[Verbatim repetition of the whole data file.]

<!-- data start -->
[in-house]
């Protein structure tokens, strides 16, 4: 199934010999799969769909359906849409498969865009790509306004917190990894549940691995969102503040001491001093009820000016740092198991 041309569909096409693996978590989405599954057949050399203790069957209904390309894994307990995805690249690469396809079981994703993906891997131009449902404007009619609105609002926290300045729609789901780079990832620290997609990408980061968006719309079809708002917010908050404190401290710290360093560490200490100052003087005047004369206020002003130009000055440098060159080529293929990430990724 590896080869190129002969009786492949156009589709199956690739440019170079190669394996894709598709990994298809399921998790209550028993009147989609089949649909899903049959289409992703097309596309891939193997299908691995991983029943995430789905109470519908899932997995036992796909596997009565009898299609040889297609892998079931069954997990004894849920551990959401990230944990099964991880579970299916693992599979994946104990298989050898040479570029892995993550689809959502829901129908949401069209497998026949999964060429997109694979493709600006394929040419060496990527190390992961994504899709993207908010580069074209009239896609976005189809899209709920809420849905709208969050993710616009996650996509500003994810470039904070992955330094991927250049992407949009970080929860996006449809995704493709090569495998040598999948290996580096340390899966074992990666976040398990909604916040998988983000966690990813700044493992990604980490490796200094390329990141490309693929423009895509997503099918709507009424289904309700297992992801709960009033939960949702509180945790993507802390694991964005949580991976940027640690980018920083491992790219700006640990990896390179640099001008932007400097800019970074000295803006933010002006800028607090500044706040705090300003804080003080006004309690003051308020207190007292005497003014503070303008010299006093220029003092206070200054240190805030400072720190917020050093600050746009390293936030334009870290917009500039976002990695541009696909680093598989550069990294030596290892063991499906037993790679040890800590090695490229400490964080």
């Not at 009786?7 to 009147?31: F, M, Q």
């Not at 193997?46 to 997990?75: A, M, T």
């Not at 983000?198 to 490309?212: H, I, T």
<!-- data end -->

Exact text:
[in-house]
């Protein structure tokens, strides 16, 4: 199934010999799969769909359906849409498969865009790509306004917190990894549940691995969102503040001491001093009820000016740092198991 041309569909096409693996978590989405599954057949050399203790069957209904390309894994307990995805690249690469396809079981994703993906891997131009449902404007009619609105609002926290300045729609789901780079990832620290997609990408980061968006719309079809708002917010908050404190401290710290360093560490200490100052003087005047004369206020002003130009000055440098060159080529293929990430990724 590896080869190129002969009786492949156009589709199956690739440019170079190669394996894709598709990994298809399921998790209550028993009147989609089949649909899903049959289409992703097309596309891939193997299908691995991983029943995430789905109470519908899932997995036992796909596997009565009898299609040889297609892998079931069954997990004894849920551990959401990230944990099964991880579970299916693992599979994946104990298989050898040479570029892995993550689809959502829901129908949401069209497998026949999964060429997109694979493709600006394929040419060496990527190390992961994504899709993207908010580069074209009239896609976005189809899209709920809420849905709208969050993710616009996650996509500003994810470039904070992955330094991927250049992407949009970080929860996006449809995704493709090569495998040598999948290996580096340390899966074992990666976040398990909604916040998988983000966690990813700044493992990604980490490796200094390329990141490309693929423009895509997503099918709507009424289904309700297992992801709960009033939960949702509180945790993507802390694991964005949580991976940027640690980018920083491992790219700006640990990896390179640099001008932007400097800019970074000295803006933010002006800028607090500044706040705090300003804080003080006004309690003051308020207190007292005497003014503070303008010299006093220029003092206070200054240190805030400072720190917020050093600050746009390293936030334009870290917009500039976002990695541009696909680093598989550069990294030596290892063991499906037993790679040890800590090695490229400490964080």
């Not at 009786?7 to 009147?31: F, M, Q």
């Not at 193997?46 to 997990?75: A, M, T």
């Not at 983000?198 to 490309?212: H, I, T």